NCBI ROFL: Headaches induced by pornography use.

By ncbi rofl | August 10, 2012 7:00 pm

“A 24-year-old unmarried male software professional, not a known case of diabetes or hypertension, presented with episodes of severe, exploding holocranial headache on watching pornographic videos for the last 2 years. The headache would develop gradually over 5 min of viewing videos and would peak within 8–10 min. The intensity was so severe that he had to abort watching. There was no accompanying nausea, vomiting, or phonophobia. Progressively, he started to refrain from viewing videos as a means of avoiding headaches. There was no history of headache associated either with masturbation or with coitus. He had no history of head injury or meningoencephalitis in early childhood. There was no history suggestive of migraine in the family. He did not have a history suggestive of migraine, tension type or exertional headache. A physical and systemic examination was unremarkable. The neurological examination was normal. Magnetic Resonance (MR) Imaging, MR angiography of brain, and electroencephalogram were normal. He was advised non-steroidal anti-inflammatory agent combination (ibuprofen 400 mg and paracetamol 500 mg) half an hour before watching, to which he reported significant pain relief.

Headaches associated with sexual activity are uncommon (Anand & Dhikav, 2009). Pre-orgasmic headache may be related to space-occupying lesions. Orgasmic headache is often severe and excruciating, whether due to aneurysm rupture or to the explosive component of benign coital headache. Post-orgasmic headache may occur as a manifestation of migraine (Banerjee, 1996). A study by Frese et al. (2003) stratified headaches associated with sexual activity and found that there was a male preponderance. It has two onset peaks (between 20–24 and 35–44 years). It can be dull type, increasing gradually with sexual excitement or explosive type. Pain can be bilateral and diffuse or occipital. Headache associated with sexual activity has not been shown to be dependent upon specific sexual habits and occurs often after having sexual activity with partner or during masturbation. There was a high co-morbidity with migraine and other types of headaches (e.g., benign exertional and tension-type). The mechanism of headache induced by sexual activity is mainly a trigeminal-vascular effect, but there is a definite muscular component (Anand & Dhikav, 2009). Muscular contraction plays a major role, especially in milder headaches that become more intense as the sexual excitement increases. The probable mechanisms behind occurrence of headache in the present case could be alteration of nocioceptive mechanisms in the trigemino-vascular system with increased pain sensitivity associated with a heightened emotional state associated with viewing pornorgraphy.”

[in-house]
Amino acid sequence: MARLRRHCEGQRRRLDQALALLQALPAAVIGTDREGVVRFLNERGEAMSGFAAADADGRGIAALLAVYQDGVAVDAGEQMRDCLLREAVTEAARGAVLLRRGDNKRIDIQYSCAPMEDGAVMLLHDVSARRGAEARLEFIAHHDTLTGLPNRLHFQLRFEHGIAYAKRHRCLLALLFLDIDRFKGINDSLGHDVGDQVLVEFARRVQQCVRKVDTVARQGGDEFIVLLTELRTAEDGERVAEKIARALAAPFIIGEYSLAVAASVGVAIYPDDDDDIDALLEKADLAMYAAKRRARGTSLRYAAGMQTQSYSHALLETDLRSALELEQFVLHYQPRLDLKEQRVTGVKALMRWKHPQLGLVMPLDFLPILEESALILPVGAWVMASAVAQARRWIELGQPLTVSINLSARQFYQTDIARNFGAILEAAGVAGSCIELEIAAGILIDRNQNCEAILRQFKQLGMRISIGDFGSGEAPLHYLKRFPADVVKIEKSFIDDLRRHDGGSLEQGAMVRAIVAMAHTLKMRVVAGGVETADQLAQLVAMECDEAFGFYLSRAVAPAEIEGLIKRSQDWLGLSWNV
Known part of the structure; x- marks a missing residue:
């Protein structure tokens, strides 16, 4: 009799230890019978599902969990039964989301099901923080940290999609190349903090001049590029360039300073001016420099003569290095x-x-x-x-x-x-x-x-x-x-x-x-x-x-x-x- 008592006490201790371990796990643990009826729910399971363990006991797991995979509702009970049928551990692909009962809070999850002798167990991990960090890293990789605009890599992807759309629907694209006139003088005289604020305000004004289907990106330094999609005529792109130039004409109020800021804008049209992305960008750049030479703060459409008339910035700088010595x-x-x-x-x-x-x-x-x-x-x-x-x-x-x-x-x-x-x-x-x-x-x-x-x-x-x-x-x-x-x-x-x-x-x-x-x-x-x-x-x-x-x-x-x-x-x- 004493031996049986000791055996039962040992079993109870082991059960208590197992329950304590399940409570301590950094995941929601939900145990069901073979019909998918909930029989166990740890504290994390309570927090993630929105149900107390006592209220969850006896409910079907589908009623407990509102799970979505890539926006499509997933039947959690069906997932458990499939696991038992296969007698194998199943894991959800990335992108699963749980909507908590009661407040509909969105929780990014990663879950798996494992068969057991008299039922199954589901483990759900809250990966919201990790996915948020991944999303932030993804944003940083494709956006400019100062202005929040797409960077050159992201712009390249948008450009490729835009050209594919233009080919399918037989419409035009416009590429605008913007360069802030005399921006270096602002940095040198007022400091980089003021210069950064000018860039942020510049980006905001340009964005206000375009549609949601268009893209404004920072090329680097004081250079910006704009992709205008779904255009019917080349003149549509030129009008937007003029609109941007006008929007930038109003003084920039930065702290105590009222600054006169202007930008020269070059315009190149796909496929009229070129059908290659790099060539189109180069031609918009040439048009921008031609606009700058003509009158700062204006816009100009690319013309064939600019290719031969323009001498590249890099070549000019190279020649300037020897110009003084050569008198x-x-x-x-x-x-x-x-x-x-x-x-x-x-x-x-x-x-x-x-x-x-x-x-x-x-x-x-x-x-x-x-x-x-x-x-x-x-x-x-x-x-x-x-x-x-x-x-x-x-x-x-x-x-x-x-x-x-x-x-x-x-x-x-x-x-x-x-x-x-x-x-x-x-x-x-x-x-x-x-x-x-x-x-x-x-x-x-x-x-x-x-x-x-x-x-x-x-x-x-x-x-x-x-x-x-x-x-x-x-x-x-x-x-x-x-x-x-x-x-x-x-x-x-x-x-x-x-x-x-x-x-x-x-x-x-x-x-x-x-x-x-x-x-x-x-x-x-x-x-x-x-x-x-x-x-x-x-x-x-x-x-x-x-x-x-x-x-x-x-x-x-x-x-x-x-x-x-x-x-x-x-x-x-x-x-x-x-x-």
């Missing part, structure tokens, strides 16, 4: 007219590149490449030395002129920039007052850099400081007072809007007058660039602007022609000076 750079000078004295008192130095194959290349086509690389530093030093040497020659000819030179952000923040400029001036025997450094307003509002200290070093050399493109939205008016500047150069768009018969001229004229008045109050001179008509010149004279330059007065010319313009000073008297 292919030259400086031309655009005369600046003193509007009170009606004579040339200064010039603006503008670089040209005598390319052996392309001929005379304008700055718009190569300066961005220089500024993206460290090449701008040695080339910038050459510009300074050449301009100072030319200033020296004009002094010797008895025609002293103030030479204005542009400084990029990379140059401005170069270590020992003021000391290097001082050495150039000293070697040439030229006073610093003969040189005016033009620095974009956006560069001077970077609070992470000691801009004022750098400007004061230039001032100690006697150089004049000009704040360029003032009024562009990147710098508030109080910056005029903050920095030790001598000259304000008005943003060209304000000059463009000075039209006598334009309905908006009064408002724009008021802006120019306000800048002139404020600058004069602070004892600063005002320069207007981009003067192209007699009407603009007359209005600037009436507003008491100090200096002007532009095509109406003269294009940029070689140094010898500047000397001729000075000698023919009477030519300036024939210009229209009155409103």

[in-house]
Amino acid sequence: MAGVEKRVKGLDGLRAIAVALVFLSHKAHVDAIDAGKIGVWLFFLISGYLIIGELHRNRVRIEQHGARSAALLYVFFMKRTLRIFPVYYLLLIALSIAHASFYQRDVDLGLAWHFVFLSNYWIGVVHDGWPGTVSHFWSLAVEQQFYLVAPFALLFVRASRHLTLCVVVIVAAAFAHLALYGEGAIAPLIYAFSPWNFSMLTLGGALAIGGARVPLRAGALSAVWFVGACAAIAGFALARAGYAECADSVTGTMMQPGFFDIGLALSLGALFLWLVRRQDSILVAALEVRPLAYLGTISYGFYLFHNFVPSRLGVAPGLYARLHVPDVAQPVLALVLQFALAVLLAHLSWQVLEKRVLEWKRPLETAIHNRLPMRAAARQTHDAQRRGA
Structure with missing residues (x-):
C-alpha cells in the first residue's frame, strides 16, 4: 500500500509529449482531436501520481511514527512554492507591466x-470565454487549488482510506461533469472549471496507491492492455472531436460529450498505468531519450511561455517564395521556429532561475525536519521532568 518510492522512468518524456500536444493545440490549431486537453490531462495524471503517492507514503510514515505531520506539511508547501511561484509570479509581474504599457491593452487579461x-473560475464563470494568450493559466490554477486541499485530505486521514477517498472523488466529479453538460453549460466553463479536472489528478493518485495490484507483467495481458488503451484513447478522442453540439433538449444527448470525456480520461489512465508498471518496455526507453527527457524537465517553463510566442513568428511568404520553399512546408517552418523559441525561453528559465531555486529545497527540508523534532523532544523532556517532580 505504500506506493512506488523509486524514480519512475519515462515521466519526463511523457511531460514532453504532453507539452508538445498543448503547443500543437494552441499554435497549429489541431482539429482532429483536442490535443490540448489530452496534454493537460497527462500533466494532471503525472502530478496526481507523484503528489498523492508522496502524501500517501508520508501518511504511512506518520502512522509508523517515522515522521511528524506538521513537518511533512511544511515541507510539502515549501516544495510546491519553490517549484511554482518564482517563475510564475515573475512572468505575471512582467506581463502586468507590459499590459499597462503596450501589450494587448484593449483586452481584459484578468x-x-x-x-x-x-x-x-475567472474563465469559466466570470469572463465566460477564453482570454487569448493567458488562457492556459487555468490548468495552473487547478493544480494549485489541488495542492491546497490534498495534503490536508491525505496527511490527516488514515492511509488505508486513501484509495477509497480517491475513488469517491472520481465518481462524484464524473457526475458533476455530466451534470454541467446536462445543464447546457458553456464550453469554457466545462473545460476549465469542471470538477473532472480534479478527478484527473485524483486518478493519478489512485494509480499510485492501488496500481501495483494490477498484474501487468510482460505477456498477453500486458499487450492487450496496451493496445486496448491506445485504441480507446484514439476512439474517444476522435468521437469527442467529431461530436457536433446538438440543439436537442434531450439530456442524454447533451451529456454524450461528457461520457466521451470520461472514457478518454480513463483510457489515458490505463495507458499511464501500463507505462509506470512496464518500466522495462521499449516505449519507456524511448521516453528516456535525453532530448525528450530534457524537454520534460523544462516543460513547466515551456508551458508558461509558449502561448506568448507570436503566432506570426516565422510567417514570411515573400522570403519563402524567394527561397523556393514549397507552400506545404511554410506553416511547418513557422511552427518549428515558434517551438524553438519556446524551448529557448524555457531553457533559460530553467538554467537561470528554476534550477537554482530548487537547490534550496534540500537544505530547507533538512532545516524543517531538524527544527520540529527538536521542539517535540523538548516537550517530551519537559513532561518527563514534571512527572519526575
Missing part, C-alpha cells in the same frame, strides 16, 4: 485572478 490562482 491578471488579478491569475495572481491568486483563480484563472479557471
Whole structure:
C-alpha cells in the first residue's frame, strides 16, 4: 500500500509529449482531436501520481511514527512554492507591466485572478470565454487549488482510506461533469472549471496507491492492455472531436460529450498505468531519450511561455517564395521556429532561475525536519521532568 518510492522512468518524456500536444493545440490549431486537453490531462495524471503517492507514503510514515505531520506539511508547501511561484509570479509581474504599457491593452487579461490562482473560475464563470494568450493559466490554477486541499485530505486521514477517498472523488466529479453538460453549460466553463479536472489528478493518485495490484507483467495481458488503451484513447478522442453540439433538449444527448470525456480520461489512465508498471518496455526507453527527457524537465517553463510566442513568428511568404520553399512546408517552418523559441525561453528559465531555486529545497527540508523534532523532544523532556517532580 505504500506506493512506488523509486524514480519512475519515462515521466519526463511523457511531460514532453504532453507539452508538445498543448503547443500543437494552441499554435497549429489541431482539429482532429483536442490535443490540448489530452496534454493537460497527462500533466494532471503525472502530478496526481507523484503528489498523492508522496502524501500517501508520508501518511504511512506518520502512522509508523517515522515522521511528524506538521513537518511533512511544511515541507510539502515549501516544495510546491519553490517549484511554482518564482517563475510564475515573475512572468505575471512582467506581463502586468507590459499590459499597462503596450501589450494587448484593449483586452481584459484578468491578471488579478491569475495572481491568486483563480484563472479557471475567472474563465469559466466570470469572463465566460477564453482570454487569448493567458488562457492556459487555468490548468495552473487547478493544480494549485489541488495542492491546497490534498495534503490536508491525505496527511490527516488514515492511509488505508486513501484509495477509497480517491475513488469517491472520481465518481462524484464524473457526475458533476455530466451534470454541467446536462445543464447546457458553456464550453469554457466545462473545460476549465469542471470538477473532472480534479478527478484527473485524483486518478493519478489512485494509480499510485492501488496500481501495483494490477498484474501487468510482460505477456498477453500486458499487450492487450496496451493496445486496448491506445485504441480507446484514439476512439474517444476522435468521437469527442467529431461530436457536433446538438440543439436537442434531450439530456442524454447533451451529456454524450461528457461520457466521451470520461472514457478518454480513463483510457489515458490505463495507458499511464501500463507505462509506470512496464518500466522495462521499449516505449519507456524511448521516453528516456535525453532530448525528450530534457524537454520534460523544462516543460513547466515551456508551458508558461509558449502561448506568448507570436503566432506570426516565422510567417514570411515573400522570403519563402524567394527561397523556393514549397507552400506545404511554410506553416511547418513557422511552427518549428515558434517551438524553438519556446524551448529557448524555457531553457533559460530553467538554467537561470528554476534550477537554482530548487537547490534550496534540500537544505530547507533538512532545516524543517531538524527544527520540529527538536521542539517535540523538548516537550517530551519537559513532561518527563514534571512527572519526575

Photo: flickr: QuinnDombrowski

Related content:
Discoblog: NCBI ROFL: Would Spock be turned on by porn?
Discoblog: NCBI ROFL: Detection and management of pornography-seeking in an online clinical dermatology atlas.
Discoblog: NCBI ROFL: I scream! You scream! We all scream…from ice-cream headaches.

NCBI ROFL. Real articles. Funny subjects.
Read our FAQ!


Discover's Newsletter

Sign up to get the latest science news delivered weekly right to your inbox!


Quirky, funny, and surprising science news from the edge of the known universe.

About ncbi rofl

NCBI ROFL is the brainchild of two Molecular and Cell Biology graduate students at UC Berkeley and features real research articles from the PubMed database (which is housed by the National Center for Biotechnology information, aka NCBI) that they find amusing (ROFL is a commonly-used internet acronym for "rolling on the floor, laughing").Follow us on twitter: @ncbirofl


See More

Collapse bottom bar